An emotion regulation framework was used to explore how emotional triggers might be related to the presence and severity of impulsive-compulsive (I-C) psychopathology (e.g., drinking, cleaning). Young adults (N = 189; 65% female) provided information concerning their I-C behaviors (e.g., time spent, subjective distress), emotional triggers, trait-level impulsivity, and obsessive-compulsive symptomatology. The primary outcome measures were ratings of the severity of I-C psychopathology made by three judges who examined the information concerning the I-C behaviors. Higher levels of both pleasant and unpleasant emotions were associated with more severe levels of I-C psychopathology. Anger and shame had particularly strong associations with I-C psychopathology, when all emotions and other factors (e.g., impulsivity) were taken into consideration. The results of this study suggest that an emotional regulation framework may be particularly useful for conceptualizing and classifying I-C psychopathology.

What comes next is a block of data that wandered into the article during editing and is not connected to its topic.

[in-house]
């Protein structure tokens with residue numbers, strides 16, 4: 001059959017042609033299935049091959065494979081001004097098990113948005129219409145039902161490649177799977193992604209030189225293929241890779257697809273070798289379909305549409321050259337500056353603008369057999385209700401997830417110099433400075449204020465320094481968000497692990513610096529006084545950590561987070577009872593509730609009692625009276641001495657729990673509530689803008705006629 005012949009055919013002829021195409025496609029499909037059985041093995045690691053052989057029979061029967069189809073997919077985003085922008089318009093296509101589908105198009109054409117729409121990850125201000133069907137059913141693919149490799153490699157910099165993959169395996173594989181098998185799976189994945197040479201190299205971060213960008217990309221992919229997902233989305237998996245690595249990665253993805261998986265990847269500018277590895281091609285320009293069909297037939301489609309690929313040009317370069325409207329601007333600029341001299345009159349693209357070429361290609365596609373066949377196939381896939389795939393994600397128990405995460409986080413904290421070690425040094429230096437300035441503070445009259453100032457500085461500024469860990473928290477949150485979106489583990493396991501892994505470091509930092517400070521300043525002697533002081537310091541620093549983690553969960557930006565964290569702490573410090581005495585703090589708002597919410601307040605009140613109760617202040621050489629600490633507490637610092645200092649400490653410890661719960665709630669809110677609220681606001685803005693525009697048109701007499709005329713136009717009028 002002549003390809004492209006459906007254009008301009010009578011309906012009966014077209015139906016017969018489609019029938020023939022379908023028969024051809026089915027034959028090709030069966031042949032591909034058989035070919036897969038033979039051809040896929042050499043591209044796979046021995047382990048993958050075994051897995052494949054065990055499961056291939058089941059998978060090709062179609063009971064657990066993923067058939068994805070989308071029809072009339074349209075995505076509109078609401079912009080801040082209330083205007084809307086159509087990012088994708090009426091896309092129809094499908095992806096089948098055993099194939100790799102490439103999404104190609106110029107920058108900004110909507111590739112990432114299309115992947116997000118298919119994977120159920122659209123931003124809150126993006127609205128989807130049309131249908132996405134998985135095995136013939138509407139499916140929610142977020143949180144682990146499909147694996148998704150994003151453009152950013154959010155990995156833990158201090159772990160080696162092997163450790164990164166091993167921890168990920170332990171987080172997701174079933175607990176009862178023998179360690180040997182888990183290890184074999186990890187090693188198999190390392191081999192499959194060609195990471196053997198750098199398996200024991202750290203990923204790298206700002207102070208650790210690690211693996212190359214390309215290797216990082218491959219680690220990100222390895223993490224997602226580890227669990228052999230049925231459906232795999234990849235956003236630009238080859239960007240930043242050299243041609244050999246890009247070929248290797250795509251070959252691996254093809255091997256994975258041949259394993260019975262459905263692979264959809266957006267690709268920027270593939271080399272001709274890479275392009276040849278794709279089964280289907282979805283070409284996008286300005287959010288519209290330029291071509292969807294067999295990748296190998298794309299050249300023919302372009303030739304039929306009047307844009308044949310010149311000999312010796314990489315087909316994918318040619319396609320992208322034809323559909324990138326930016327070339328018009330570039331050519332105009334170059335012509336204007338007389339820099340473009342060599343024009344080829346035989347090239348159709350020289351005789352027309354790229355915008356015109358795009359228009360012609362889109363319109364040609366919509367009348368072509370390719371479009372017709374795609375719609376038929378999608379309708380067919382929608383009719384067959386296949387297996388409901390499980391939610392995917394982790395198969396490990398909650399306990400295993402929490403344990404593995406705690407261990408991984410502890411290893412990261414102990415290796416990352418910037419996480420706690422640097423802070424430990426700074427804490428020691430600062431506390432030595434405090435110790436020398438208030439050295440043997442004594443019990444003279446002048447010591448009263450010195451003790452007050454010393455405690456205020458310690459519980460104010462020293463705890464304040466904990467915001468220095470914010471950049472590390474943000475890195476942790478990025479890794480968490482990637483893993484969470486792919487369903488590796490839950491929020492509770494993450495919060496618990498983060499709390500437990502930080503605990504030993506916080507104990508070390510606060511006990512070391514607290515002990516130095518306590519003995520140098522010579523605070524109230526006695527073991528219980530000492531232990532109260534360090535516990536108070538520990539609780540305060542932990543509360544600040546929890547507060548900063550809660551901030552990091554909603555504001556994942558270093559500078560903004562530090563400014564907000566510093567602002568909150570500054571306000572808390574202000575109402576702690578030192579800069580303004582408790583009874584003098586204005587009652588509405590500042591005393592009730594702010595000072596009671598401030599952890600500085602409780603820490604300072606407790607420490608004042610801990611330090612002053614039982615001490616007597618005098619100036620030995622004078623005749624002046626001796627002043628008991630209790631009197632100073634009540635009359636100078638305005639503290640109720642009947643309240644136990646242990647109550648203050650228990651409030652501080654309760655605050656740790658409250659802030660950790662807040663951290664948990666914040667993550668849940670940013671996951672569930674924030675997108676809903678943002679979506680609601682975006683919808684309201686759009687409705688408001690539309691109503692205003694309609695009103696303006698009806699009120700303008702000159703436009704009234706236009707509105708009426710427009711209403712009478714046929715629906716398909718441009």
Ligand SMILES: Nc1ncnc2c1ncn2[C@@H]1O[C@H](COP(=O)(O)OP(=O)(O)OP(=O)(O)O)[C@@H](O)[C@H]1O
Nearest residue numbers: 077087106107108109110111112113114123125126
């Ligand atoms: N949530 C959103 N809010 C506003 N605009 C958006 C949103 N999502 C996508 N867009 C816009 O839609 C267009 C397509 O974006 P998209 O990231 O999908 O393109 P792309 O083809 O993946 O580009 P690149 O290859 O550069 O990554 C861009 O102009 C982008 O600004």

- Emotion regulation
- Emotional triggers
ASJC Scopus subject areas
- Pathology and Forensic Medicine
- Social Psychology